CALIFORNIA | LOCAL
May 21, 1986
The world's most famous political prisoner is 65 years old today. For Andrei D. Sakharov--physicist, Nobel Peace Prize laureate and human-rights activist--this anniversary also marks a poignant and infamous milestone: One-tenth of Sakharov's life has now been spent in internal exile, under house arrest. Other prisoners in the Soviet Union have suffered far worse physical punishment.
OPINION
February 17, 1985
It gets harder each day for the President to keep the real world from intruding on his dream of a shield against Soviet missiles, and his dream from intruding on the real world. It could get worse. Ronald Reagan seemed to promise the nation in March, 1983, that its scientists would figure out ways to raise a high-tech umbrella over the country so sturdy that nuclear weapons would bounce off it.
CALIFORNIA | LOCAL
November 25, 1987
Months ago Stanford University scheduled a three-day conference on East-West relations and arms control. An impressive list of speakers and panelists agreed to take part, none more impressive than Andrei D. Sakharov, physicist, Nobel laureate and a soft-spoken but relentless force in the fight for human rights in the Soviet Union. If he was not the father of the Soviet hydrogen bomb, his signature certainly appears on the birth certificate.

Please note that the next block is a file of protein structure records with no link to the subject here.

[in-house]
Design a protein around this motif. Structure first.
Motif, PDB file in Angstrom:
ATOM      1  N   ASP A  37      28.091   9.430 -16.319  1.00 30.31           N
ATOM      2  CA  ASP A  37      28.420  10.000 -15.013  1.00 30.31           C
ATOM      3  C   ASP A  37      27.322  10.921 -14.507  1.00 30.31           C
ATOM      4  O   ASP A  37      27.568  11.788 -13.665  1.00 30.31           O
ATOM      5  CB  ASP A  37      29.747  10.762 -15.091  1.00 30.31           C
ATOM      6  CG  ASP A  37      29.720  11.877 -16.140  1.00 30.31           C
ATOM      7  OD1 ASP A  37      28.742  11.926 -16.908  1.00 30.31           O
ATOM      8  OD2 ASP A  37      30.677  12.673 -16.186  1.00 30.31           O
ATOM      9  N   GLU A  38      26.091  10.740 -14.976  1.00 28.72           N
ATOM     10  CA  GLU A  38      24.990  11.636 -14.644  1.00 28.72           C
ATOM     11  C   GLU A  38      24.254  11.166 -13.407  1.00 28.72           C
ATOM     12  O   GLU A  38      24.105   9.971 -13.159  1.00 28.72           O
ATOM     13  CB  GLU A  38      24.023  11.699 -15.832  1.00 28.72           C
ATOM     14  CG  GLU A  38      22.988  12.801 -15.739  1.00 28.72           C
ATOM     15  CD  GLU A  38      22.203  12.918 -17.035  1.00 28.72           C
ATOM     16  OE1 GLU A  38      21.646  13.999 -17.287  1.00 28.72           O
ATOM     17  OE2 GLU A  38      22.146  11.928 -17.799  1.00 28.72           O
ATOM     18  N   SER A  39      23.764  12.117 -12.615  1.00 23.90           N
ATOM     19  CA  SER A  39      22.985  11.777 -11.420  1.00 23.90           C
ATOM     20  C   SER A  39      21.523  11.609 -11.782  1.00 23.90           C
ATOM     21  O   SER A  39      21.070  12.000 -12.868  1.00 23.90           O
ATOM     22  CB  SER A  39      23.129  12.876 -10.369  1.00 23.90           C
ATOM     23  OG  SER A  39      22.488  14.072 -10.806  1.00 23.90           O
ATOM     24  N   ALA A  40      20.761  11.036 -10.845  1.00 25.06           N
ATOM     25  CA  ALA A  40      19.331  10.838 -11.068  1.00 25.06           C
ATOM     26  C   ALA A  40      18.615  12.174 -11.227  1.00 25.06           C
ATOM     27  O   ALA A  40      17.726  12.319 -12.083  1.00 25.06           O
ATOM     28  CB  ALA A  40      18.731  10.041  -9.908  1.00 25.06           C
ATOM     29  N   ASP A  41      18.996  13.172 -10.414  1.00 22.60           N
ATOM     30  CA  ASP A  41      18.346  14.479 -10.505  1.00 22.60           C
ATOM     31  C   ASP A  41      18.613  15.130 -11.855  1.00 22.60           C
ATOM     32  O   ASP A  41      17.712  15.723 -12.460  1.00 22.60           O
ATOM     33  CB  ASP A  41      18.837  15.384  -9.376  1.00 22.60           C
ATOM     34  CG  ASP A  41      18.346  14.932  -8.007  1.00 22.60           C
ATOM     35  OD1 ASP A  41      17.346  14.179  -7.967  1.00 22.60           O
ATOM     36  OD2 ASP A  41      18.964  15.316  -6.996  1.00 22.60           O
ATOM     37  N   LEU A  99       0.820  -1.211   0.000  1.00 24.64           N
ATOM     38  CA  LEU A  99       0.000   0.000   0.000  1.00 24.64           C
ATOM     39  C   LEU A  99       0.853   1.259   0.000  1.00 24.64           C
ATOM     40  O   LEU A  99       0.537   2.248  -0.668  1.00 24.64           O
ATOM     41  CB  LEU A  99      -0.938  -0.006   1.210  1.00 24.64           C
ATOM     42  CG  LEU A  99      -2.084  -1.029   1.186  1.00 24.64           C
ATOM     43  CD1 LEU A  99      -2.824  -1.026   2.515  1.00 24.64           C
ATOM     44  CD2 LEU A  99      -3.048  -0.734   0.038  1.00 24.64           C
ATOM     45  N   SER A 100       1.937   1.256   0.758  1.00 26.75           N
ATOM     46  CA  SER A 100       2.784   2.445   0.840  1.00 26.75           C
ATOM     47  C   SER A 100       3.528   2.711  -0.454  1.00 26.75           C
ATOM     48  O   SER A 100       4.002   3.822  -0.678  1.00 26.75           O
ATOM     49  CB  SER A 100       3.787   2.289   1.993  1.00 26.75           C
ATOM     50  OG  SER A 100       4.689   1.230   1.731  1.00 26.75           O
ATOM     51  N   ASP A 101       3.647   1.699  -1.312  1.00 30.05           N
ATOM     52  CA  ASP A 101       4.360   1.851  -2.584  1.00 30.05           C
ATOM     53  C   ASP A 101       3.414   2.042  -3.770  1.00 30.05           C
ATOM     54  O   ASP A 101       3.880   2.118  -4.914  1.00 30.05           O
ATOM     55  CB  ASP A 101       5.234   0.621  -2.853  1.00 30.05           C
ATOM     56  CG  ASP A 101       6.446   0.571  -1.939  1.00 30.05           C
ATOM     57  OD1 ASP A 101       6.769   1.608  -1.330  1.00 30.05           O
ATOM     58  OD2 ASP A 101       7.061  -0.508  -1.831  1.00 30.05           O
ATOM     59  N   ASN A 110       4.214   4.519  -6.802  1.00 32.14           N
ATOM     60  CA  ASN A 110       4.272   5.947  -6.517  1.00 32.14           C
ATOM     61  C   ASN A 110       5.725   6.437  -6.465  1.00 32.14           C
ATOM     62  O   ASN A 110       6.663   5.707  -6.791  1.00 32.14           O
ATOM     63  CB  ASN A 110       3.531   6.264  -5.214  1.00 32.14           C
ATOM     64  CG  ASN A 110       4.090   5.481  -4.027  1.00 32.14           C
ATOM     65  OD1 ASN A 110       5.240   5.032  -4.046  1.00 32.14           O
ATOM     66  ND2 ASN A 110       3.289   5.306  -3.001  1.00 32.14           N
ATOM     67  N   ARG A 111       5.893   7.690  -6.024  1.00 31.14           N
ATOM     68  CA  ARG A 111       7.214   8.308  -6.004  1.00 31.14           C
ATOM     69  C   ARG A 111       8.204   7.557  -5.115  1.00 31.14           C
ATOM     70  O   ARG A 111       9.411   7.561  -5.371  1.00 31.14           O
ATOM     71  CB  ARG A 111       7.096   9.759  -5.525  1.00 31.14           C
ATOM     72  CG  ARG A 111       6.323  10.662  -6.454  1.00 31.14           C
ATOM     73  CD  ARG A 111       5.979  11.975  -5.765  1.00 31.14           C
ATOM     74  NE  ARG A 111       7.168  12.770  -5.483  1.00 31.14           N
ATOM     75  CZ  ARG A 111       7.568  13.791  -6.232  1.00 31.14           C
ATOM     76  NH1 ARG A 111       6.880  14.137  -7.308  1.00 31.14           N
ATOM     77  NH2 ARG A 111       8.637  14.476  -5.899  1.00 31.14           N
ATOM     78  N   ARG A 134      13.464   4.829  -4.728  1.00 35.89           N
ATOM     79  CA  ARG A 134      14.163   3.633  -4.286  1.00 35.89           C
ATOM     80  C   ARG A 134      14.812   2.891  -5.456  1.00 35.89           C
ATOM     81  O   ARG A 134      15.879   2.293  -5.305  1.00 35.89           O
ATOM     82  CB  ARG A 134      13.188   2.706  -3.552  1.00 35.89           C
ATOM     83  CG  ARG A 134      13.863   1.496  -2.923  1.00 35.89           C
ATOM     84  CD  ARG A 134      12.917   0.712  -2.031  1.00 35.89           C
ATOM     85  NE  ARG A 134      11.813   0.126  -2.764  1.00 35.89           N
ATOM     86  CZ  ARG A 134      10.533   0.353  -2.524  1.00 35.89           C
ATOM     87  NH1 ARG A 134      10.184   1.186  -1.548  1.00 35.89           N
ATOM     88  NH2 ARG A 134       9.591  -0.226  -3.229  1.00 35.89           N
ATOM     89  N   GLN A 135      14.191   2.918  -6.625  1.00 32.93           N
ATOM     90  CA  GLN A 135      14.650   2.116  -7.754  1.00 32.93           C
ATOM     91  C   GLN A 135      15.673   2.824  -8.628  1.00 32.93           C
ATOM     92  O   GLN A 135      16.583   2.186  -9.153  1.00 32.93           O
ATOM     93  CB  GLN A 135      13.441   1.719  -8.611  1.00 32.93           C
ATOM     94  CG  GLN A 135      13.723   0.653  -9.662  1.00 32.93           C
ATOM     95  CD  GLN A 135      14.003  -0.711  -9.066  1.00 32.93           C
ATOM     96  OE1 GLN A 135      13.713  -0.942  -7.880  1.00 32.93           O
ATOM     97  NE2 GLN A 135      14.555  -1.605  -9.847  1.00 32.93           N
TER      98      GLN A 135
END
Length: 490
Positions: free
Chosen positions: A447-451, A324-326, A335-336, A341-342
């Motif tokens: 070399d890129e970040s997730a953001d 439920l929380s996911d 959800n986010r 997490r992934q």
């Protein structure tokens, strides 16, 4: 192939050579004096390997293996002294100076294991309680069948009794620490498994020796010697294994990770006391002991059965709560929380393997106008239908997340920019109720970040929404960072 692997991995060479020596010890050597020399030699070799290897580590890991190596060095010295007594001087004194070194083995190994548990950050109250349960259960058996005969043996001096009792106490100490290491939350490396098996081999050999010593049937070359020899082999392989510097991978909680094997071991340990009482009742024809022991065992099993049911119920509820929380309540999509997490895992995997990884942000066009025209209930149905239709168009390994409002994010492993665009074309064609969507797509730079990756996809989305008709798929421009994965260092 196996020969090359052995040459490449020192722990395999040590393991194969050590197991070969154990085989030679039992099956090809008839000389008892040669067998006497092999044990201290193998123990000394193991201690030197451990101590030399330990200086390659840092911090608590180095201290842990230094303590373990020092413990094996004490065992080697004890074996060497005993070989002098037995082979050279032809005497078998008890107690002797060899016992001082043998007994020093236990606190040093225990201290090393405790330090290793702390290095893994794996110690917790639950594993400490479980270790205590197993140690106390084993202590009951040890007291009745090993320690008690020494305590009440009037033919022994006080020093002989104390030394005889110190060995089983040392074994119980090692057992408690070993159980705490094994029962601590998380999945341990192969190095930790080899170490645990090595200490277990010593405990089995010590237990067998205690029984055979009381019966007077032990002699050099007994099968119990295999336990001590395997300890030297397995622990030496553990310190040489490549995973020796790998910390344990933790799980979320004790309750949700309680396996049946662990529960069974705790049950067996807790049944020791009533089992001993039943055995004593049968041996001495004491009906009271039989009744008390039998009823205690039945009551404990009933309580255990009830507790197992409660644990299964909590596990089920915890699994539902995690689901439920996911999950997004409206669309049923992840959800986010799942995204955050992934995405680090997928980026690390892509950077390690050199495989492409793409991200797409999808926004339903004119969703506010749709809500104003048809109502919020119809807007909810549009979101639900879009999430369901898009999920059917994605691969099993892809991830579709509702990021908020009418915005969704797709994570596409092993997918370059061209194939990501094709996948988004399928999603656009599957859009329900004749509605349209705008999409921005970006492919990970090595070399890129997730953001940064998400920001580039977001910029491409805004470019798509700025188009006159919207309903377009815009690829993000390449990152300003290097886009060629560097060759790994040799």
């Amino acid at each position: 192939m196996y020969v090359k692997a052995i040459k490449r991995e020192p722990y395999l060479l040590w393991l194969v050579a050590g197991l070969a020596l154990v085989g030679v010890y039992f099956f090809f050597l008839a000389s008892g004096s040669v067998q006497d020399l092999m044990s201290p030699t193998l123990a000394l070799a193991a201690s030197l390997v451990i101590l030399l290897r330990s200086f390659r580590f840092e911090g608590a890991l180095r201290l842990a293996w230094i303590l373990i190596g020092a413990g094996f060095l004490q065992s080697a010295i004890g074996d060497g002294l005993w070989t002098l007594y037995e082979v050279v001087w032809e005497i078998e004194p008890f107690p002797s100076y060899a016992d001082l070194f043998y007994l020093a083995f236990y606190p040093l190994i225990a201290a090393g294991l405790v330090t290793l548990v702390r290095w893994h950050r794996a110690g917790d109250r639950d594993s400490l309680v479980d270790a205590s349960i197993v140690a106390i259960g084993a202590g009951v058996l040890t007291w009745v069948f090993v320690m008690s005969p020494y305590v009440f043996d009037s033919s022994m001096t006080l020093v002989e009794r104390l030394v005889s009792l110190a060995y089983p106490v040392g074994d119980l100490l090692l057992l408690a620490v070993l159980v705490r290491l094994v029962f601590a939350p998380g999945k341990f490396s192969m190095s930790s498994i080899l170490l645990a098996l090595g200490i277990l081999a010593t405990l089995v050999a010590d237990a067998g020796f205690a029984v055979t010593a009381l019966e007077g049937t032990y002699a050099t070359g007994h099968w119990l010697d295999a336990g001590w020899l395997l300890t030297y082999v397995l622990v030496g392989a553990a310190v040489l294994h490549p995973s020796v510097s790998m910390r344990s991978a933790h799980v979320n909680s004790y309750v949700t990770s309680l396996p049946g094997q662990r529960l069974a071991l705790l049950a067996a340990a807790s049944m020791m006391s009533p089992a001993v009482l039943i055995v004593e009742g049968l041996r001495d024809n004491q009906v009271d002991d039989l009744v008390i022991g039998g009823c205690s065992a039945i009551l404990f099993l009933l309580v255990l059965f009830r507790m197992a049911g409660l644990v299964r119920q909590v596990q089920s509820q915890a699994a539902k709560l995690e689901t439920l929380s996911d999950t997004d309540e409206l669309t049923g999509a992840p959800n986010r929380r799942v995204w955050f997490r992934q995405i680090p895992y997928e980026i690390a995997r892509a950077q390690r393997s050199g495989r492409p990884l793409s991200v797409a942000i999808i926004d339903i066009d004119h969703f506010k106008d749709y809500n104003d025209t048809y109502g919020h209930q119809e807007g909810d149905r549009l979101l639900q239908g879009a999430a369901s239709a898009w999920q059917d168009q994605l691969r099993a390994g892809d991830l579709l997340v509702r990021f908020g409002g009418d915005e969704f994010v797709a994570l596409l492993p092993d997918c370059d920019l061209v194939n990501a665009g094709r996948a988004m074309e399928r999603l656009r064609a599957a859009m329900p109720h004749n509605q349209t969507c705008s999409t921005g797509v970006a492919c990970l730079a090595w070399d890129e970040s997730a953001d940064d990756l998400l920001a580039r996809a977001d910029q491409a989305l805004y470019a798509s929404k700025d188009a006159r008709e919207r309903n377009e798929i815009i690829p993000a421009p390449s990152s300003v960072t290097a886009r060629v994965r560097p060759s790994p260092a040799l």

OPINION
April 16, 1989
Last week a bucolic corner of the Stanford University campus produced one rather commonplace lesson: Never throw anything away just because it is not absolutely up to date. From that, though, will flow cosmic lessons almost beyond the imagining of ordinary folk, let alone their comprehension. As Burton Richter, director of Stanford's Linear Accelerator Center, puts it, what comes next will help scientists who are "trying to understand what's in the mind of God." The something not quite up to date is the 20-year-old accelerator, which Richter and a team of scientists modified for $115 million--peanuts in the big-science business where people think in billions--by adding a loop to the end of an existing 2-mile-long tunnel through which sub-atomic particles ride waves of electric power.
Los Angeles Times Articles
|